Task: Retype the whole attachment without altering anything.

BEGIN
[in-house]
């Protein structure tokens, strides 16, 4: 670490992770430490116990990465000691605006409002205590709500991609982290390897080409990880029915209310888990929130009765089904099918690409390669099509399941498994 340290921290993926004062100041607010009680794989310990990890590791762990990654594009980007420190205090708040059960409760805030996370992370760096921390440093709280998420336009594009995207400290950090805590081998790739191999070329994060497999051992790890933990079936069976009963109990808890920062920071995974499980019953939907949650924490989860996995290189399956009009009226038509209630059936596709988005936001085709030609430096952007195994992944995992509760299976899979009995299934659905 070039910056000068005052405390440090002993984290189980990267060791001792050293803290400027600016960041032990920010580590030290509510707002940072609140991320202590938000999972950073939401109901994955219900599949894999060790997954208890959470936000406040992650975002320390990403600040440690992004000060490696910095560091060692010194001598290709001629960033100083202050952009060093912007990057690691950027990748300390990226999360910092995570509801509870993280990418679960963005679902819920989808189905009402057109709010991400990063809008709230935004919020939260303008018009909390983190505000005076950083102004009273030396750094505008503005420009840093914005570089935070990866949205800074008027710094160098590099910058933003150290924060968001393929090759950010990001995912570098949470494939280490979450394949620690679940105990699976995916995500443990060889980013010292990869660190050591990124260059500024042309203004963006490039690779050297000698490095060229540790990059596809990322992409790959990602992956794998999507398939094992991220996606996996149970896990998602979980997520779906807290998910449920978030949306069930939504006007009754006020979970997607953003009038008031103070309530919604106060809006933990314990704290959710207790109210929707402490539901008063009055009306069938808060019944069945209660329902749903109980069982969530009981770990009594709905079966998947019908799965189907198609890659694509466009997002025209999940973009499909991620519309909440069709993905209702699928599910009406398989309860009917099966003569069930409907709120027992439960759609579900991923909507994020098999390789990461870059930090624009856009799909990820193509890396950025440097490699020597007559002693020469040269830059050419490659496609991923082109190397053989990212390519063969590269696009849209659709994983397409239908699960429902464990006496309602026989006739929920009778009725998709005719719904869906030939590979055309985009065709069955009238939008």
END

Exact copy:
[in-house]
């Protein structure tokens, strides 16, 4: 670490992770430490116990990465000691605006409002205590709500991609982290390897080409990880029915209310888990929130009765089904099918690409390669099509399941498994 340290921290993926004062100041607010009680794989310990990890590791762990990654594009980007420190205090708040059960409760805030996370992370760096921390440093709280998420336009594009995207400290950090805590081998790739191999070329994060497999051992790890933990079936069976009963109990808890920062920071995974499980019953939907949650924490989860996995290189399956009009009226038509209630059936596709988005936001085709030609430096952007195994992944995992509760299976899979009995299934659905 070039910056000068005052405390440090002993984290189980990267060791001792050293803290400027600016960041032990920010580590030290509510707002940072609140991320202590938000999972950073939401109901994955219900599949894999060790997954208890959470936000406040992650975002320390990403600040440690992004000060490696910095560091060692010194001598290709001629960033100083202050952009060093912007990057690691950027990748300390990226999360910092995570509801509870993280990418679960963005679902819920989808189905009402057109709010991400990063809008709230935004919020939260303008018009909390983190505000005076950083102004009273030396750094505008503005420009840093914005570089935070990866949205800074008027710094160098590099910058933003150290924060968001393929090759950010990001995912570098949470494939280490979450394949620690679940105990699976995916995500443990060889980013010292990869660190050591990124260059500024042309203004963006490039690779050297000698490095060229540790990059596809990322992409790959990602992956794998999507398939094992991220996606996996149970896990998602979980997520779906807290998910449920978030949306069930939504006007009754006020979970997607953003009038008031103070309530919604106060809006933990314990704290959710207790109210929707402490539901008063009055009306069938808060019944069945209660329902749903109980069982969530009981770990009594709905079966998947019908799965189907198609890659694509466009997002025209999940973009499909991620519309909440069709993905209702699928599910009406398989309860009917099966003569069930409907709120027992439960759609579900991923909507994020098999390789990461870059930090624009856009799909990820193509890396950025440097490699020597007559002693020469040269830059050419490659496609991923082109190397053989990212390519063969590269696009849209659709994983397409239908699960429902464990006496309602026989006739929920009778009725998709005719719904869906030939590979055309985009065709069955009238939008």